Prosecutors in Turin launched the probe following a tip-off from a specialist journal, La Stampa reported.
They carried out tests on 20 of the most popular brands of extra virgin olive oil – the highest quality you can buy - sold across Italian supermarkets and found that the labels on nine of the bottles falsely claimed to be extra virgin.
The other four producers suspected of commercial fraud are Coricelli, Santa Sabina, Prima Donna and Antica Badia.
The companies have allegedly flouted the strict rules governing the production of extra virgin olive oil, a process which is expensive and time-consuming.
But despite the complicated production procedures, extra virgin olive oil is an easy product to tamper with, making it extremely difficult for consumers to taste the difference.
Chemical tests are supposed to be carried out by producers before the highly-demanded product can be labelled and sold as extra virgin.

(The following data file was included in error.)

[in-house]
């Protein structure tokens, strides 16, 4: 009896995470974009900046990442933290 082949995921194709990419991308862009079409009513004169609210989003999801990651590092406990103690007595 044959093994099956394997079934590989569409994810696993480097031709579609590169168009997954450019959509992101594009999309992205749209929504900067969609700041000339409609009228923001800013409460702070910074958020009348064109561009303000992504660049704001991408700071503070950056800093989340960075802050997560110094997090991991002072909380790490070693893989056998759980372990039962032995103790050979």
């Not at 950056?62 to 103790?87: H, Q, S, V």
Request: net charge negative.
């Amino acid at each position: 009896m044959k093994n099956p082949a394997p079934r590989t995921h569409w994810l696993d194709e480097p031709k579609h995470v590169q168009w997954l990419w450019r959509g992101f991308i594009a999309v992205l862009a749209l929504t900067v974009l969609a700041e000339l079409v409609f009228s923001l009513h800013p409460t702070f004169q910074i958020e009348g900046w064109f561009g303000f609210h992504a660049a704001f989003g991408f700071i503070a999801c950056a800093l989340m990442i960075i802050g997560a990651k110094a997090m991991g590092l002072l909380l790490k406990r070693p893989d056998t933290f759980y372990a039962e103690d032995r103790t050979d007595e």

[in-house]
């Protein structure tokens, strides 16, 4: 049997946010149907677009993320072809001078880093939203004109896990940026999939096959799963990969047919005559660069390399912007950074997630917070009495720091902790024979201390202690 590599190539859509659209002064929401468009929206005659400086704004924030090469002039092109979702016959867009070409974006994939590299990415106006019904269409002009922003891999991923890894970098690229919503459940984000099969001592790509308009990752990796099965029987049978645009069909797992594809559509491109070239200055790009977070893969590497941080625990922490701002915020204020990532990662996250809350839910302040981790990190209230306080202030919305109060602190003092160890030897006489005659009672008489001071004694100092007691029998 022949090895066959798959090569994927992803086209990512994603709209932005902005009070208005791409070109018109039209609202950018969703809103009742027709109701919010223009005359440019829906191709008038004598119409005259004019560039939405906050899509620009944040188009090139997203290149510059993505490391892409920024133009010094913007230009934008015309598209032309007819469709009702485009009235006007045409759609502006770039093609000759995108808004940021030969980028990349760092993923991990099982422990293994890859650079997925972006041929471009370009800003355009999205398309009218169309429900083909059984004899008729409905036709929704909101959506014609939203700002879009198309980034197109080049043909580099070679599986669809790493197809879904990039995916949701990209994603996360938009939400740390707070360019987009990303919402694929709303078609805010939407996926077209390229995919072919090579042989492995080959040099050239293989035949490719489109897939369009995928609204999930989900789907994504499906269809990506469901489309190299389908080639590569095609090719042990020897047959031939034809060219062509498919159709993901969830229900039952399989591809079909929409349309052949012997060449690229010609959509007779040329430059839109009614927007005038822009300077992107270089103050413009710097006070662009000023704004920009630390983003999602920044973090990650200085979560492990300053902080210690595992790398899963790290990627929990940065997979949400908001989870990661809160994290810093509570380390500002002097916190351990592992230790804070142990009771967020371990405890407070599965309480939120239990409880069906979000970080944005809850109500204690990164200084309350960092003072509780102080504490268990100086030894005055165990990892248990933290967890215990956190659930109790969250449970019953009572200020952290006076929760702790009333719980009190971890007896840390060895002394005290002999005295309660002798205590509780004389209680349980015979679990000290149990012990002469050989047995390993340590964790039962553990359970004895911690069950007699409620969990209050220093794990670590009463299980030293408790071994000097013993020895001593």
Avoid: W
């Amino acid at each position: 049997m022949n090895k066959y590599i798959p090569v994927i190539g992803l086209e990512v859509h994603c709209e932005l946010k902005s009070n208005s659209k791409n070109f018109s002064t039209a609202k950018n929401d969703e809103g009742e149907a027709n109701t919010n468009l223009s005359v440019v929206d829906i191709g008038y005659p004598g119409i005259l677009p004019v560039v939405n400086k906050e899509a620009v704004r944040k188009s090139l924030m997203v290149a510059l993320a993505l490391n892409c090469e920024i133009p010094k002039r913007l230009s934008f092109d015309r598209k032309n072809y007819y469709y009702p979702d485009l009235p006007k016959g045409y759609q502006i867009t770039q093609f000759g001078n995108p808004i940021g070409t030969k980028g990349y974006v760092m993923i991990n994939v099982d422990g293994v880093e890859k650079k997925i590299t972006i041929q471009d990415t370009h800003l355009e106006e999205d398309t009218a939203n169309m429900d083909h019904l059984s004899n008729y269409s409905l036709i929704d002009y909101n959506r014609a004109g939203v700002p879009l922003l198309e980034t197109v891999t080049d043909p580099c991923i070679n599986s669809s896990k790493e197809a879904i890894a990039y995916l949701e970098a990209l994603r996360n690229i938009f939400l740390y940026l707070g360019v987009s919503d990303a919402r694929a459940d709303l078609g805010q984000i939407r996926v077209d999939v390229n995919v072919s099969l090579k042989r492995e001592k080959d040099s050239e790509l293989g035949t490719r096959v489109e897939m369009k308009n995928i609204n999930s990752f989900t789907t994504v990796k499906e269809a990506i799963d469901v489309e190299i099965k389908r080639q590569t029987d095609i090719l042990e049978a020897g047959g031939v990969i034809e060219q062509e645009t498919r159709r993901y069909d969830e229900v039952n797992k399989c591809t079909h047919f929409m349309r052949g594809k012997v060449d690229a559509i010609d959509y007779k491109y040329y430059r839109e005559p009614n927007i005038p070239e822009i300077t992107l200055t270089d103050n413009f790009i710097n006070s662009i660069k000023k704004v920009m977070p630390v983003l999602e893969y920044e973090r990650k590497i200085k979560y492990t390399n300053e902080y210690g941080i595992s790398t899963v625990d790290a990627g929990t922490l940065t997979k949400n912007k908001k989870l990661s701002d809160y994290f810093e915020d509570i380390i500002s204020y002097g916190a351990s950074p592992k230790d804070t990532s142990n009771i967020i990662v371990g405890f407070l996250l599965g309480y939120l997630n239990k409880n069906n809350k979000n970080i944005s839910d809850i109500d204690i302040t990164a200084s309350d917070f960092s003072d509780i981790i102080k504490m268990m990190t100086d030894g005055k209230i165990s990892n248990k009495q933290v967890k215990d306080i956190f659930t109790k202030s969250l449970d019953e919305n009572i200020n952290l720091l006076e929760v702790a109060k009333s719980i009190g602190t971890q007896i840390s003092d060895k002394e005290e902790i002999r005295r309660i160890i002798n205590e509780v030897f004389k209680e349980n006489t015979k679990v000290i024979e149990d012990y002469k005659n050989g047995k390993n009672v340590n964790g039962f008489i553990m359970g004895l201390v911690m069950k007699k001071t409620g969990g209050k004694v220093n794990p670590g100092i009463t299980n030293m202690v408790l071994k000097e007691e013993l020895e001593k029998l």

Italy’s Ministry of Agriculture, Food and Forestry last year seized €10 million worth of fake olive oil as part of a food fraud crackdown.
“We’re closely following the investigation,” Agriculture Minister Maurizio Martina said.
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“For months we have been strengthening controls, particularly in view of last year’s poor harvest. It is important to protect consumers as well as the thousands of honest olive oil producers.”
SEE MORE: Like a virgin: how to spot fake Italian olive oil